Power in Unity of Purpose

0

Obinna Chima writes on efforts by the federal government to set aside a $9.6 billion judgement debt against the country

.

It is a common knowledge that wherever there is unity of purpose, there is likely going to be more strength in action and under such atmosphere, it is always easier for a group to achieve their target.

Evidently, even though what the English High Court granted the Nigerian government last week was a temporary reprieve from having to pay $9.6 billion in compensation to Process and Industrial Developments (P&ID), activities of the government officials in the past few weeks showed their commitment towards setting aside the entire judgement debt.

During the hearing in London, Justice Butcher said the firm set up by two Irish businessmen would not be able to start seizing Nigerian state assets to enforce the arbitration award.

However, while granting the Nigerian government the right to appeal against the award, the court said the country would have to pay a security of $200 million within the next 60 days.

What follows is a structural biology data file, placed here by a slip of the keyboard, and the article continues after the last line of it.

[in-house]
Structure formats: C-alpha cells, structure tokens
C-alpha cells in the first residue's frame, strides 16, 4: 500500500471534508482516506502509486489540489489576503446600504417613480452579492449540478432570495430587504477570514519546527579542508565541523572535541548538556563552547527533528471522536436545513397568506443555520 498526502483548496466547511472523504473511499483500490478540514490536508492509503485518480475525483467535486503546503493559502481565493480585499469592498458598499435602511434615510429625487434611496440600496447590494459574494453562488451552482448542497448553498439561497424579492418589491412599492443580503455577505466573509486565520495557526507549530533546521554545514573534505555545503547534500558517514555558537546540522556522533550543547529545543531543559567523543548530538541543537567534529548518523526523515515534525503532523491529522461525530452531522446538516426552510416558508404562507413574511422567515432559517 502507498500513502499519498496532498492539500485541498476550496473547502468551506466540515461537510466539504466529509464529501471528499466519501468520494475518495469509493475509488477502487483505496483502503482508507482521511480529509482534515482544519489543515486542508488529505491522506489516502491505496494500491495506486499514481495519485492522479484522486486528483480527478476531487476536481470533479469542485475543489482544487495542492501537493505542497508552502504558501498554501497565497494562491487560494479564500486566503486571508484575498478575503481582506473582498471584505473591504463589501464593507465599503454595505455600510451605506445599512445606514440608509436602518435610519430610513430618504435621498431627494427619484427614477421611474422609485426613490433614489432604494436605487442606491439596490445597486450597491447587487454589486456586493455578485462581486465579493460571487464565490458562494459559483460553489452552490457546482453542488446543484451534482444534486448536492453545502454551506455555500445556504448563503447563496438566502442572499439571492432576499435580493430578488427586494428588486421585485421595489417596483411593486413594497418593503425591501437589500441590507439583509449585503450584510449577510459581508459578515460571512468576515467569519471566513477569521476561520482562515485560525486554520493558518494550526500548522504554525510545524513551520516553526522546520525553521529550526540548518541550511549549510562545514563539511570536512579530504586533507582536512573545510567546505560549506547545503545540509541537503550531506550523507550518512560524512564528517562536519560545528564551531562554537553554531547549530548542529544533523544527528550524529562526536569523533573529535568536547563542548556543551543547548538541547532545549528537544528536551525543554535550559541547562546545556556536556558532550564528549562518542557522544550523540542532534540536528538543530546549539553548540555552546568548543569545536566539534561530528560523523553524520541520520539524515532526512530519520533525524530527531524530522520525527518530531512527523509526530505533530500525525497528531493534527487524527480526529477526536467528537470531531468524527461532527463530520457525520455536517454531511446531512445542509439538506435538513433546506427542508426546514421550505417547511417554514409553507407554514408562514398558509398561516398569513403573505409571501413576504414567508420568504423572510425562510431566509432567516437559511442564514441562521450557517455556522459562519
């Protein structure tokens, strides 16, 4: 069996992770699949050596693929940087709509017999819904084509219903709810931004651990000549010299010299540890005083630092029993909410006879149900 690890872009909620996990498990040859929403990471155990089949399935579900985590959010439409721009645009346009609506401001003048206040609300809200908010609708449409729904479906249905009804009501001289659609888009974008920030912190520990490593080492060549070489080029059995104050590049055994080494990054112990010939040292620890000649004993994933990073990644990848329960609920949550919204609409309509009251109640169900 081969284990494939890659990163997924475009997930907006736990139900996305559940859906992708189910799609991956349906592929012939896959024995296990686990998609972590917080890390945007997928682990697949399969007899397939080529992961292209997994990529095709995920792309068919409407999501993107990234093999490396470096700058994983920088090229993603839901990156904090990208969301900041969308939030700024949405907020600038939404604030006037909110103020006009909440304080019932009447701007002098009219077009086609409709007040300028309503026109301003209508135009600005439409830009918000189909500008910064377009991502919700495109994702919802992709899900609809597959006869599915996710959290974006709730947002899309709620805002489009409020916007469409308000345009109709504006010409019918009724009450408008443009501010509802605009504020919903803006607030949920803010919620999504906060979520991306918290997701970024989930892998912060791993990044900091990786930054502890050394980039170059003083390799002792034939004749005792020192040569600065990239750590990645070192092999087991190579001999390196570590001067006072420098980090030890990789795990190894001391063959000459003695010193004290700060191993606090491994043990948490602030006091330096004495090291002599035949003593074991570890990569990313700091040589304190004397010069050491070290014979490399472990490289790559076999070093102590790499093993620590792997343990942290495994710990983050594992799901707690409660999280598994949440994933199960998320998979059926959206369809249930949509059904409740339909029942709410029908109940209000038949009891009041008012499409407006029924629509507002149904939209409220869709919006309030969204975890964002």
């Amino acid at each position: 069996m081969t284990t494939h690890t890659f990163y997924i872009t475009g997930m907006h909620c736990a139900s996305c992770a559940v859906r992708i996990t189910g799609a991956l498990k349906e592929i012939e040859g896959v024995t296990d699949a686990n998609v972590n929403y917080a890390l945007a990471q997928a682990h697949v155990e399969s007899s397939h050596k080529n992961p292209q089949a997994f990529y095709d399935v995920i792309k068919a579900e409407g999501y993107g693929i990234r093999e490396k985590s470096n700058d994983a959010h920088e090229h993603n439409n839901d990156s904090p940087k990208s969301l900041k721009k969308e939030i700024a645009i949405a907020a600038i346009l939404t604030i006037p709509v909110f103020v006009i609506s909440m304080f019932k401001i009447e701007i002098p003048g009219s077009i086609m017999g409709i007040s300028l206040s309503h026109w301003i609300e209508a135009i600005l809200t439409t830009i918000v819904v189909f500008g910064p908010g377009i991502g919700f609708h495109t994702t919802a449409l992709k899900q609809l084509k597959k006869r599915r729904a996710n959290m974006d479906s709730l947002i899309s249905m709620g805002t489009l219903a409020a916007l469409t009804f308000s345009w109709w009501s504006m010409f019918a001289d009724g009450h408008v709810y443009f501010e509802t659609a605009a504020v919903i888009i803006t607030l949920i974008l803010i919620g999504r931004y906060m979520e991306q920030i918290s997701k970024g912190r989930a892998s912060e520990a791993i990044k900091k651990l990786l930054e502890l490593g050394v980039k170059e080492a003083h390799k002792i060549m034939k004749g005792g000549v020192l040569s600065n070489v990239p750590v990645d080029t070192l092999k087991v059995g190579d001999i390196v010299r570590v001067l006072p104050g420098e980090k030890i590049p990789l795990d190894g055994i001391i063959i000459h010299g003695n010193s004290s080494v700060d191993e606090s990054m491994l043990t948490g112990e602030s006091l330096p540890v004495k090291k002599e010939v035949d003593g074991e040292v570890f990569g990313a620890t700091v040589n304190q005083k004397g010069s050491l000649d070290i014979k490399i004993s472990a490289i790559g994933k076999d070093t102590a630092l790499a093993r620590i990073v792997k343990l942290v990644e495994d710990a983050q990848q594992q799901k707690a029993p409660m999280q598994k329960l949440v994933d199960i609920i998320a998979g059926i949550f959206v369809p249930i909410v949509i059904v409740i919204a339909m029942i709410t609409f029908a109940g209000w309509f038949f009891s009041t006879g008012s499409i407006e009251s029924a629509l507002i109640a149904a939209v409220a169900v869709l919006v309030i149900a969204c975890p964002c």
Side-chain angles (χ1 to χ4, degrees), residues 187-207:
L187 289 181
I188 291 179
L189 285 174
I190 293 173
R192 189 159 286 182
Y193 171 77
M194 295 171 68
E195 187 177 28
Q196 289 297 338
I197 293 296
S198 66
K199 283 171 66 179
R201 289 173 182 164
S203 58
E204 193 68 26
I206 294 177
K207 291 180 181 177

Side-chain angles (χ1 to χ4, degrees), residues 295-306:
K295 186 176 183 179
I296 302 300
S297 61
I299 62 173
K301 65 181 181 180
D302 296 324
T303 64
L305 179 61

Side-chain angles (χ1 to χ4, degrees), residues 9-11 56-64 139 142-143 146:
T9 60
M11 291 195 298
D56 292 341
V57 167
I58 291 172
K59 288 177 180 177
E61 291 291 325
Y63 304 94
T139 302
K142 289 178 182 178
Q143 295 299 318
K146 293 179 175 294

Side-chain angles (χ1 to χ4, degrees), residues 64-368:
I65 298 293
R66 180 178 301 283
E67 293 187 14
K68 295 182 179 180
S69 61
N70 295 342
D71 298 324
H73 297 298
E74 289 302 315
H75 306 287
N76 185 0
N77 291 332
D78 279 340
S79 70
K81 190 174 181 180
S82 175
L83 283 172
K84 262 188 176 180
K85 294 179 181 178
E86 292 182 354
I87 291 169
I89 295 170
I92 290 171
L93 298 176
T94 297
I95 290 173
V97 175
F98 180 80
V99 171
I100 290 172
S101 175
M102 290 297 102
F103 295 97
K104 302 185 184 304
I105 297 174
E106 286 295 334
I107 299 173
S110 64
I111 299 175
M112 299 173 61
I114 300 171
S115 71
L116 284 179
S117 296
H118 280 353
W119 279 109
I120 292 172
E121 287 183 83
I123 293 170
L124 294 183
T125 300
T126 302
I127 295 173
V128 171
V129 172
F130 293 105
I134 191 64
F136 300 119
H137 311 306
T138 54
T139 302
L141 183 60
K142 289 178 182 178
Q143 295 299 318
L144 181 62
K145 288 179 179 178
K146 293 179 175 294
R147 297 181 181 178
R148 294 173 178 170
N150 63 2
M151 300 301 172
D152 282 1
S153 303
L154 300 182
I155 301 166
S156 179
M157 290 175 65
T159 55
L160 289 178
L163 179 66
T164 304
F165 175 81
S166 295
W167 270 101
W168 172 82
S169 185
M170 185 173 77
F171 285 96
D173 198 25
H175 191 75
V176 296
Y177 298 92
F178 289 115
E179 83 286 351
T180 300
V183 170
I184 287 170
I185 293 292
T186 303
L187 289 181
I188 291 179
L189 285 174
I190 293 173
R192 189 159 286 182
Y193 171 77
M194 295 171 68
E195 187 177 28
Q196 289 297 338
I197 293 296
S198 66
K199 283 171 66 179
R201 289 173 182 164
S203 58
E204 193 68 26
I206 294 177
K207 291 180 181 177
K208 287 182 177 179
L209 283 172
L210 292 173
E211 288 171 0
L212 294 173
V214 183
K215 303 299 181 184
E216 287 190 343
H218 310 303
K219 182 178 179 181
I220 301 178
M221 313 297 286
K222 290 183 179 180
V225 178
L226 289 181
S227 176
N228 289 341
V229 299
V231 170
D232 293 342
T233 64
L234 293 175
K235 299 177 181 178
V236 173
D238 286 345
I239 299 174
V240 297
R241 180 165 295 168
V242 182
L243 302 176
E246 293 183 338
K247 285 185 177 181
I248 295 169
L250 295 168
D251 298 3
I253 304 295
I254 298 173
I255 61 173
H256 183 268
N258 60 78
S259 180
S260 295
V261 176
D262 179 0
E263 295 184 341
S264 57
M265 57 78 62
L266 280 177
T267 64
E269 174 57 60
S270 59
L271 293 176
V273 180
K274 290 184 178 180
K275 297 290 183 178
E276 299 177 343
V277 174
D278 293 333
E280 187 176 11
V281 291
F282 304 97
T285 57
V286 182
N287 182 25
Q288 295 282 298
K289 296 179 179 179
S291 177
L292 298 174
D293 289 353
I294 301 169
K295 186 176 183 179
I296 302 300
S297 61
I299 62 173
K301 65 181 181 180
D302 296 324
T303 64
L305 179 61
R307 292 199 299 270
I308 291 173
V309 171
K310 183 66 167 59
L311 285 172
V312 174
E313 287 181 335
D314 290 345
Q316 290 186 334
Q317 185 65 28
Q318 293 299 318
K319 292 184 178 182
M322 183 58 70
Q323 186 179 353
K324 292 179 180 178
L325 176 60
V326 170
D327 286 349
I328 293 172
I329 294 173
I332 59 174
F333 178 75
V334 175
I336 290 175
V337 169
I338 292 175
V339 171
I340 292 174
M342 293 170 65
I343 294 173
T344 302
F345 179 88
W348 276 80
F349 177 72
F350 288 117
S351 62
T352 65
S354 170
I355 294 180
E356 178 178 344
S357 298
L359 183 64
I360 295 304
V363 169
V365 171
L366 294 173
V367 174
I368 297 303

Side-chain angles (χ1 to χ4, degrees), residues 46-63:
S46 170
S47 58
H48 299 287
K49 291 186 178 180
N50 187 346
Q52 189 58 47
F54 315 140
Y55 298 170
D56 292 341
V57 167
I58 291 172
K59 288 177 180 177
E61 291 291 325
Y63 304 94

Speaking on the coordination among the government officials involved in the matter, a source who expressed confidence that the country would be able to vacate the earlier judgement, praised the government officials that were in London.

The source who pleaded to remain anonymous, explained: “It is distinction on how the case went before. Then, some Nigerians even sabotaged it, some people took bribe and some even neglected the case. But, this is one of the benefits of people coming together with patriotism and focus.

“The Central Bank of Nigeria Governor, the Minister of Information, the Attorney General of the Federation, the Economic and Financial Crimes Commission, the Police and every other agency that has something to do with this, were involved.